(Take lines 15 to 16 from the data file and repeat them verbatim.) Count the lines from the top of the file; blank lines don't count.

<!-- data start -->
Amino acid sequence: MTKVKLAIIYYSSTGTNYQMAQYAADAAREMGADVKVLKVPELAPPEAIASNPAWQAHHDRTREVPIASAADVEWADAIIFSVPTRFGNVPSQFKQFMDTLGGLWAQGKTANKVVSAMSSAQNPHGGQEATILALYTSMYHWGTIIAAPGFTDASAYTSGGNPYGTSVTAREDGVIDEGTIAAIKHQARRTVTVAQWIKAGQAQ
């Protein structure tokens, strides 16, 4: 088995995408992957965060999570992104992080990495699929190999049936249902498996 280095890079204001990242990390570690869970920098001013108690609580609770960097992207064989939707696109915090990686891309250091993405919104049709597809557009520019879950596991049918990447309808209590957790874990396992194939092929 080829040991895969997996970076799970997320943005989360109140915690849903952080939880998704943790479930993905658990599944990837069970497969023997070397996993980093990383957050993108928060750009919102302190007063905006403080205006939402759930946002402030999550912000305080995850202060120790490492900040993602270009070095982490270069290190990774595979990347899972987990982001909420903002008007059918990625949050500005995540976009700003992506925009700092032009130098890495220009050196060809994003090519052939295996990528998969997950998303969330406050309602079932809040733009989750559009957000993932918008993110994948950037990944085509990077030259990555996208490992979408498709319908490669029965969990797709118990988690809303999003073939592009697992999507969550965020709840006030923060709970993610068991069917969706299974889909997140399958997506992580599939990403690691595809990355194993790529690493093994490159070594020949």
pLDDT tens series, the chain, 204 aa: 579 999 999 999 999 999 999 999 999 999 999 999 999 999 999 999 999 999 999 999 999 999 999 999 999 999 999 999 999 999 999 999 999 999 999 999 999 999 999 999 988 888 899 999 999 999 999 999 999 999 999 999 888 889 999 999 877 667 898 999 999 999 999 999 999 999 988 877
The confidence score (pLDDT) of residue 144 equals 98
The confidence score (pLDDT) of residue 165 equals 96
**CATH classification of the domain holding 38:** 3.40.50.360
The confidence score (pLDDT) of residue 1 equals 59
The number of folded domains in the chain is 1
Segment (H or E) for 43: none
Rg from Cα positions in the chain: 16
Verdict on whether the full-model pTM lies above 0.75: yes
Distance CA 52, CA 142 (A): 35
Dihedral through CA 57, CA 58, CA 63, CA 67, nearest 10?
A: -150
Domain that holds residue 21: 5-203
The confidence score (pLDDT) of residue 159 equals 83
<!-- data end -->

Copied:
Domain that holds residue 21: 5-203
The confidence score (pLDDT) of residue 159 equals 83